Changing of the American guard. French ecstasy over the emergence of Pinot aside, the true show stealer was American van Garderen, who won the White Jersey and finished fifth overall. His title in the young rider classification puts him in illustrious company: Greg LeMond (1986, 1989 and 1990 Tours) and Andy Hampsten (1988 Giro d’Italia) are the only other Americans to be named the best young rider of a Grand Tour. He has the makings of a challenger. He was stellar in the mountains, shaking off one so-so day in the Alps and showing his full climbing arsenal after BMC teammate Evans fell off the pace and van Garderen was freed of mountain-goat duty. He wasn’t of Wiggins’ caliber in the time trials, but compared to many pure climbers, his time trialing is outstanding. Nowhere was that more evident than on Stage 19 when he easily crossed the three-minute gap to Evans, eventually leapfrogging him in the general classification. You could almost see the torch being passed right on the road to Chartres. Van Garderen’s emergence comes at a perfect time for American cycling, with the old generation of Chris Horner, Levi Leipheimer, George Hincapie, Christian Vande Velde and David Zabriskie appearing ready to bow out of the European peloton amidst a battle with the ghosts of the Armstrong era. In the soon-to-be 24-year-old van Garderen lies the next generation of hope.

Say it ain’t Schleck. There’s good news and bad news on the doping front. The good news is that for the second straight season, only one rider was expelled from the Tour for a positive test. The bad news is that the rider expelled had three career top-five finishes. Frank Schleck, already looking lost in the Alps without brother Andy to work for, tested positive for xipamide, a banned diuretic, during the second rest day and withdrew prior to Stage 16. His B sample later tested positive, putting the Luxembourger in a world of trouble. Schleck has been steadfast in defending his innocence, which should set up months of news cycle-clogging legal wrangling, allegations of poisoning, contamination and a bunch of other cloak-and-dagger stuff that borders on the ridiculous.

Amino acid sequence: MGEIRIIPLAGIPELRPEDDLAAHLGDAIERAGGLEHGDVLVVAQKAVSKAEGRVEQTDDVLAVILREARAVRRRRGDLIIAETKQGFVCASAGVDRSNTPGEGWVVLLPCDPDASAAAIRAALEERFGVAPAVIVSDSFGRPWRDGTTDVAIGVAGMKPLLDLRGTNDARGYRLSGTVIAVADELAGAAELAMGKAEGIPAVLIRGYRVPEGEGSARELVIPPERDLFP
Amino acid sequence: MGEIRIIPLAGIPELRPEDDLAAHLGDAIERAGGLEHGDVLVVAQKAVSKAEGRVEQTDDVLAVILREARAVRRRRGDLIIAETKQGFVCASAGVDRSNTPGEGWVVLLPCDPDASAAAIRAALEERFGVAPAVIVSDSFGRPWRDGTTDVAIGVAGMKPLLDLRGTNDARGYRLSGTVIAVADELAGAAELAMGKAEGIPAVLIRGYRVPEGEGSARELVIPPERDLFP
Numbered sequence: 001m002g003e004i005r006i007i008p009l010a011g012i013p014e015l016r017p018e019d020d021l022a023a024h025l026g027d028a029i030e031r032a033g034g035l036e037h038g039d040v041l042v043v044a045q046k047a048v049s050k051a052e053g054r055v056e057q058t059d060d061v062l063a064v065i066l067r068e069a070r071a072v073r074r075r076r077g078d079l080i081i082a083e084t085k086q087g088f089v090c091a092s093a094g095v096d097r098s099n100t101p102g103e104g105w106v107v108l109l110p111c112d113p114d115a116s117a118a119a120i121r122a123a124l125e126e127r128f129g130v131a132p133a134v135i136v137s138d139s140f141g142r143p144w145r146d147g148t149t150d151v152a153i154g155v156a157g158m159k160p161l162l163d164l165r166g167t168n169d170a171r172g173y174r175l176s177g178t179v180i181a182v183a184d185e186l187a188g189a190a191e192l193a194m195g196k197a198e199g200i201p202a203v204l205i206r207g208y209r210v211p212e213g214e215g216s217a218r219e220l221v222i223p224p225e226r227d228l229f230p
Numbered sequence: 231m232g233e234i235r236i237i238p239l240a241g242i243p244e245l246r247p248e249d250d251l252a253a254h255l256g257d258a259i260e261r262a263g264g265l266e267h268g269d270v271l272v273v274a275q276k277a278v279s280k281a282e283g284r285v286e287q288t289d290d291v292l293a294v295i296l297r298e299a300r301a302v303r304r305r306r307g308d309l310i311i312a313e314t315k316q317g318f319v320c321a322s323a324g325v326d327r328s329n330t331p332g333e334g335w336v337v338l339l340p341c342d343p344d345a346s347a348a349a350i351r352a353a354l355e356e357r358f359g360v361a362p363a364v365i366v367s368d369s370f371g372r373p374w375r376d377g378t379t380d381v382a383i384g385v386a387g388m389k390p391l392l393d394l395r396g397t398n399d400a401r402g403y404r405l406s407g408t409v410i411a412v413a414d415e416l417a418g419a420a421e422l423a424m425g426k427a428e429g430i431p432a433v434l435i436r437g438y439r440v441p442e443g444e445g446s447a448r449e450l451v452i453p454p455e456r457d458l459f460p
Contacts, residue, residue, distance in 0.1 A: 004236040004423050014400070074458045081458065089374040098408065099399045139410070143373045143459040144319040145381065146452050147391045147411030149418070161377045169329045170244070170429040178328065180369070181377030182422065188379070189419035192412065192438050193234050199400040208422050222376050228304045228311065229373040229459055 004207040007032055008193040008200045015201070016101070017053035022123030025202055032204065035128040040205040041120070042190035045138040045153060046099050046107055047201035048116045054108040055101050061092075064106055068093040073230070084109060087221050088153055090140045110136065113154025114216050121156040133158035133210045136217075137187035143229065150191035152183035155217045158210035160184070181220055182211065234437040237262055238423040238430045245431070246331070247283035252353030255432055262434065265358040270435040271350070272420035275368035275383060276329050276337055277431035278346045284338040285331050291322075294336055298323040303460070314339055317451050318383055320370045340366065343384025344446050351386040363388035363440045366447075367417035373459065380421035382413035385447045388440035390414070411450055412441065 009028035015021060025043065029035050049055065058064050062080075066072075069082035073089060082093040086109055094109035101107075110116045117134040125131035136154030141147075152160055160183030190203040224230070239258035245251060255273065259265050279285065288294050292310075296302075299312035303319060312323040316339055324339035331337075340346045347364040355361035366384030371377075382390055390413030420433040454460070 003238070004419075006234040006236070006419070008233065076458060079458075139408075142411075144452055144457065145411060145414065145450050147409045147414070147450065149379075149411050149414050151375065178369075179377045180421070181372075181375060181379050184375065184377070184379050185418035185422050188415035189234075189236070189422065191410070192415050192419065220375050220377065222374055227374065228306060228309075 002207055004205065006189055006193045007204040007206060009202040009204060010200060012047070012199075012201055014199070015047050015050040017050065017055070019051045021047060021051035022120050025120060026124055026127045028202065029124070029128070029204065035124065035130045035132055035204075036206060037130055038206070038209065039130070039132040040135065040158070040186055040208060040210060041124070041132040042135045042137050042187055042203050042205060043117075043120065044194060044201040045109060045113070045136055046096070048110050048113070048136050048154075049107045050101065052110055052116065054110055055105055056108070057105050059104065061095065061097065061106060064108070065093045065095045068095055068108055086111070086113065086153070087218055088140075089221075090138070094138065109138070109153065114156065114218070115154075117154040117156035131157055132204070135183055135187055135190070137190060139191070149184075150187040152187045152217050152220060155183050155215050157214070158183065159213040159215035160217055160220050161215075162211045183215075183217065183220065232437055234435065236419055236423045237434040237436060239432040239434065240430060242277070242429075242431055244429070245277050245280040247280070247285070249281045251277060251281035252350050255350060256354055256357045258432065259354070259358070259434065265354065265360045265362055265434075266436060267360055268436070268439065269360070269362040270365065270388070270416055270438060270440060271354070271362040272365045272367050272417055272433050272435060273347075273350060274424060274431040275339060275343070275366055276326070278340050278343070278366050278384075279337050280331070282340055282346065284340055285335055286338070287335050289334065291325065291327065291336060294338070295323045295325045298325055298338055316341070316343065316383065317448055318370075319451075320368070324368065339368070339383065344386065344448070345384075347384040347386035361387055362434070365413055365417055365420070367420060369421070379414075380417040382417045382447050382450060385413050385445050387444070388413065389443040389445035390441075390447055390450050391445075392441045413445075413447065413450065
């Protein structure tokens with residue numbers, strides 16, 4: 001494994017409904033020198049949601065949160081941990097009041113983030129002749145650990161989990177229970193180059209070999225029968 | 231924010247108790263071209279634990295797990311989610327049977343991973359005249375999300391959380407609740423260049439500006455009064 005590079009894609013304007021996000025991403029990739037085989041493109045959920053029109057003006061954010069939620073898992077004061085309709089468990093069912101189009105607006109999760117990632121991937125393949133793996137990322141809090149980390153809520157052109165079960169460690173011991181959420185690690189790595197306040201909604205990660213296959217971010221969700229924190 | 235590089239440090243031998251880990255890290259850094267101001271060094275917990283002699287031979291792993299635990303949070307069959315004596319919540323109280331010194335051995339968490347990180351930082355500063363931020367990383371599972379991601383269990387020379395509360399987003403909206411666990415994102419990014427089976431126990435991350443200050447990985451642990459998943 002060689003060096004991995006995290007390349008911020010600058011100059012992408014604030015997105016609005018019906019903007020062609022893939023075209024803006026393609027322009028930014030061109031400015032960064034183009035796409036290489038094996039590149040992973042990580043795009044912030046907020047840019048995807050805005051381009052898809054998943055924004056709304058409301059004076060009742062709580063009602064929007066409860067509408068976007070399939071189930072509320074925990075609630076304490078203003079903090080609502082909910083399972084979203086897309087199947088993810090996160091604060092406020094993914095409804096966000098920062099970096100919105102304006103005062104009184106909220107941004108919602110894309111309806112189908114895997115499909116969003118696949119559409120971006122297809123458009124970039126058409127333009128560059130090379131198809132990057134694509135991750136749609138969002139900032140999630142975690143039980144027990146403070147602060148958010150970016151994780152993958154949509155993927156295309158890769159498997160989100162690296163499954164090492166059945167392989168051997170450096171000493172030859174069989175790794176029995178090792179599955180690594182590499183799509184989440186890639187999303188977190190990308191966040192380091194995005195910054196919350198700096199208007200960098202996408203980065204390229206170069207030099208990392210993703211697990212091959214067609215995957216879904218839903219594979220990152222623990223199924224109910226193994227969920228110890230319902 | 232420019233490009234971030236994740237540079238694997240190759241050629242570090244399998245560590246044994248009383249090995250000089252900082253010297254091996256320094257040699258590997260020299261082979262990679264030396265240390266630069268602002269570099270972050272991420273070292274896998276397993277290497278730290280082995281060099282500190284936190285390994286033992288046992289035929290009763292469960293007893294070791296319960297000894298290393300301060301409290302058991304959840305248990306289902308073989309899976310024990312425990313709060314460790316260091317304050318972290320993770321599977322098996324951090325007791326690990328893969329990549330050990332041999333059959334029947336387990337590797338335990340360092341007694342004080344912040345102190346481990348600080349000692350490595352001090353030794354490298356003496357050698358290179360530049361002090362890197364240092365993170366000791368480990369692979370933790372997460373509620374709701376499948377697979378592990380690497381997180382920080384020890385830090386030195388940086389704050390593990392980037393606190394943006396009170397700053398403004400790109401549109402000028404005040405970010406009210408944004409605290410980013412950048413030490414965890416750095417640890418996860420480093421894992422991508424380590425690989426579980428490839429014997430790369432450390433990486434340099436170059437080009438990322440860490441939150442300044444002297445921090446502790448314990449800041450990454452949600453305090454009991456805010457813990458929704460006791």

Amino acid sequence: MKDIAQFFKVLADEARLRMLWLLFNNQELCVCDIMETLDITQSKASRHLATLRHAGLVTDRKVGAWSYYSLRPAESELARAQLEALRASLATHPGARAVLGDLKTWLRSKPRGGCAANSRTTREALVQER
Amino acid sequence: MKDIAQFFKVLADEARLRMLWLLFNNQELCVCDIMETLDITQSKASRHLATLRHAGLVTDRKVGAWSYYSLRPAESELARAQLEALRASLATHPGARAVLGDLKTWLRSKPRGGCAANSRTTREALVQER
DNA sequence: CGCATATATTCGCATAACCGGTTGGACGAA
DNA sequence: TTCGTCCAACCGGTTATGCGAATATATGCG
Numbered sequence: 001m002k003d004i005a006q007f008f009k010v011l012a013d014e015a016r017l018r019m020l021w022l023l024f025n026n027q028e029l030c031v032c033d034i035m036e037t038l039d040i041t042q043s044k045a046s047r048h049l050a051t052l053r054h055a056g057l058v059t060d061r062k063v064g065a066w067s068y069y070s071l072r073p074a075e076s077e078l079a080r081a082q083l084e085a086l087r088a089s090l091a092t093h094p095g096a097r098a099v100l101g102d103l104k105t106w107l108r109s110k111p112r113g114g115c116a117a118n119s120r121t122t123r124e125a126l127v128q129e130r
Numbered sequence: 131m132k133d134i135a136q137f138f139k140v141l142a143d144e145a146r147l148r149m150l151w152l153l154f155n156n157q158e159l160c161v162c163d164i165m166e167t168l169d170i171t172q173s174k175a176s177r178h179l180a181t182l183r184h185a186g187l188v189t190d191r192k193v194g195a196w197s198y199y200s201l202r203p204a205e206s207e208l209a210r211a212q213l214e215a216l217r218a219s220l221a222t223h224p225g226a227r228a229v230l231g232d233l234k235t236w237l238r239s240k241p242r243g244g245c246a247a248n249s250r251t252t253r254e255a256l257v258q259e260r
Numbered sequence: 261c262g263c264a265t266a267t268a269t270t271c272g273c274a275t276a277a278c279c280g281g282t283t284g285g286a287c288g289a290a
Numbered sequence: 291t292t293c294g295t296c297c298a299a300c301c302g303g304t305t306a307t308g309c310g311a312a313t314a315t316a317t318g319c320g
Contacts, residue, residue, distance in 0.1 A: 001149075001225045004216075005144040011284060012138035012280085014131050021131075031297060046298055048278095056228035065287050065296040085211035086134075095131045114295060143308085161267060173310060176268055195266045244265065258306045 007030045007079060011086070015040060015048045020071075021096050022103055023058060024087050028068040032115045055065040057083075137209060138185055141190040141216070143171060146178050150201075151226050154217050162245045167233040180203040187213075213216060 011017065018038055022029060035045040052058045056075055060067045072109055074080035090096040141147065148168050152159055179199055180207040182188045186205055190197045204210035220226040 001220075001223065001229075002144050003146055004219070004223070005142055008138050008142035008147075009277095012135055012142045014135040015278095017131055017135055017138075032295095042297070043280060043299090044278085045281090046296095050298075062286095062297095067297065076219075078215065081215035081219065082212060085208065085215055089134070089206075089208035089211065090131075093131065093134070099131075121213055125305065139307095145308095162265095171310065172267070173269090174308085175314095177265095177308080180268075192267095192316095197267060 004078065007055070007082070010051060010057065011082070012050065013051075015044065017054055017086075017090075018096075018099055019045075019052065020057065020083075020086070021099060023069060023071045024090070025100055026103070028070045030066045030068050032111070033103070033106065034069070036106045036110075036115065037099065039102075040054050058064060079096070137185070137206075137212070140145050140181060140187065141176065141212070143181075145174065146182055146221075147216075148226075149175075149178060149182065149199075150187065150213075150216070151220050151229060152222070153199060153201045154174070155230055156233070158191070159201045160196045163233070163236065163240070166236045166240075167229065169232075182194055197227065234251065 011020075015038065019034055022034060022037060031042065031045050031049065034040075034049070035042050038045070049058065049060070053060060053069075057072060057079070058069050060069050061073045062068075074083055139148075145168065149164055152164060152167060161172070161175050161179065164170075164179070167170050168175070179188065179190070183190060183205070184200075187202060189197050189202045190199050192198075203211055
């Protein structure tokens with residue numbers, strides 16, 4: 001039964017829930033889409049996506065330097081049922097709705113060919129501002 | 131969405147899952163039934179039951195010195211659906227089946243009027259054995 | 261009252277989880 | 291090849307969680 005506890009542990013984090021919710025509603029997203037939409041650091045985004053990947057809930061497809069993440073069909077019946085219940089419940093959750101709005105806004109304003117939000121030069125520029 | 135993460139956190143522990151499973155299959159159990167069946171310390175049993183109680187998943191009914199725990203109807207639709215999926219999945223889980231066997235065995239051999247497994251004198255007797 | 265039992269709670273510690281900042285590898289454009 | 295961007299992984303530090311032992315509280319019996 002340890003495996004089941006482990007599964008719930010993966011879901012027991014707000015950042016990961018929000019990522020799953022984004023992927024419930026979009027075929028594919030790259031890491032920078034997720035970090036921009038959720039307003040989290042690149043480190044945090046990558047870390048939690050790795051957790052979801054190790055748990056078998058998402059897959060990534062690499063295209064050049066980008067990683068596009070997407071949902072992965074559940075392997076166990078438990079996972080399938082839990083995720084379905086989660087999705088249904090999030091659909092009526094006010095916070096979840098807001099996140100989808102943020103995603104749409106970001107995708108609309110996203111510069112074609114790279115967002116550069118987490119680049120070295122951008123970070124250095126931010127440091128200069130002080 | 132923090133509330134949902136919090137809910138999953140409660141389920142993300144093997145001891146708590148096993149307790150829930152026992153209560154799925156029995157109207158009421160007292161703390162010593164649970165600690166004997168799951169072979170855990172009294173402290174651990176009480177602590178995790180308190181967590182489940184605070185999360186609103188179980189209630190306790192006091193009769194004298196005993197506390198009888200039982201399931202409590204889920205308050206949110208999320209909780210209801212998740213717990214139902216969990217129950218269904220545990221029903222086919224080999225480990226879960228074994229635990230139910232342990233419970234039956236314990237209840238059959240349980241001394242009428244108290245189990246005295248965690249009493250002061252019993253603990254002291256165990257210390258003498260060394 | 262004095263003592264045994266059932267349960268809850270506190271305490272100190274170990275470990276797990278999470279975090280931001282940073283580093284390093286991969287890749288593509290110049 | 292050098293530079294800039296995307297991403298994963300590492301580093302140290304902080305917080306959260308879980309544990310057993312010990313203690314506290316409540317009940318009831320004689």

A wheel tough guy. The final individual award, often overlooked, goes to the most combative rider in the peloton. This year, it goes to hands down the gutsiest. That’s Saxo Bank-Tinkoff rider Chris Anker Sorensen, a longtime domestique who claimed a 14th-place finish in one of the crowning achievements of his career. The fact that he did it with a hand so badly bandaged that it will require surgery that he barely was able to postpone is more amazing. His hand caught in his front wheel trying to retrieve a wind-buffeting newspaper on a descent on Stage 17, Sorensen will require skin grafts over two fingers for the damage. It lacked the haunting gruesomeness of Johnny Hoogerland somersaulting into a barbed wire fence last year, but it was more impressive given Sorensen finished despite barely being able to grasp his handlebars.